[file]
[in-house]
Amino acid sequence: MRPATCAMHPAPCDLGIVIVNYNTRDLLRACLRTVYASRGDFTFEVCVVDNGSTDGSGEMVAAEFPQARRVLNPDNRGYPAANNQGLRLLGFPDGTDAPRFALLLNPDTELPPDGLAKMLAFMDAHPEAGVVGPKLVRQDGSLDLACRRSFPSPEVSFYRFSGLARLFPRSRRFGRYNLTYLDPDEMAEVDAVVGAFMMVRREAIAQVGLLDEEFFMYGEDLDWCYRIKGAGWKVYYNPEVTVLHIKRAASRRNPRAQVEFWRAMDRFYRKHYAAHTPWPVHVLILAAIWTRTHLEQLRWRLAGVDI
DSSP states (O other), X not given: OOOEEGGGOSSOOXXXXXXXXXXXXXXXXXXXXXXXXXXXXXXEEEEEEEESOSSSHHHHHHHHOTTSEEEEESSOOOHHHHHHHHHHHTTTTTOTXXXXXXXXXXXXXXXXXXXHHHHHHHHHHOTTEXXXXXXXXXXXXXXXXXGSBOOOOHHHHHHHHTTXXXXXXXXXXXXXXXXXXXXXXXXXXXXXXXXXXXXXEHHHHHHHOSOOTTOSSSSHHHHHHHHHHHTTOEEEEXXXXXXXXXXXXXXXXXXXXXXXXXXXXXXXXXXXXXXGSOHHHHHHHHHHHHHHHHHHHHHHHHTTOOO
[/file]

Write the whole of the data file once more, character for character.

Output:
[in-house]
Amino acid sequence: MRPATCAMHPAPCDLGIVIVNYNTRDLLRACLRTVYASRGDFTFEVCVVDNGSTDGSGEMVAAEFPQARRVLNPDNRGYPAANNQGLRLLGFPDGTDAPRFALLLNPDTELPPDGLAKMLAFMDAHPEAGVVGPKLVRQDGSLDLACRRSFPSPEVSFYRFSGLARLFPRSRRFGRYNLTYLDPDEMAEVDAVVGAFMMVRREAIAQVGLLDEEFFMYGEDLDWCYRIKGAGWKVYYNPEVTVLHIKRAASRRNPRAQVEFWRAMDRFYRKHYAAHTPWPVHVLILAAIWTRTHLEQLRWRLAGVDI
DSSP states (O other), X not given: OOOEEGGGOSSOOXXXXXXXXXXXXXXXXXXXXXXXXXXXXXXEEEEEEEESOSSSHHHHHHHHOTTSEEEEESSOOOHHHHHHHHHHHTTTTTOTXXXXXXXXXXXXXXXXXXXHHHHHHHHHHOTTEXXXXXXXXXXXXXXXXXGSBOOOOHHHHHHHHTTXXXXXXXXXXXXXXXXXXXXXXXXXXXXXXXXXXXXXEHHHHHHHOSOOTTOSSSSHHHHHHHHHHHTTOEEEEXXXXXXXXXXXXXXXXXXXXXXXXXXXXXXXXXXXXXXGSOHHHHHHHHHHHHHHHHHHHHHHHHTTOOO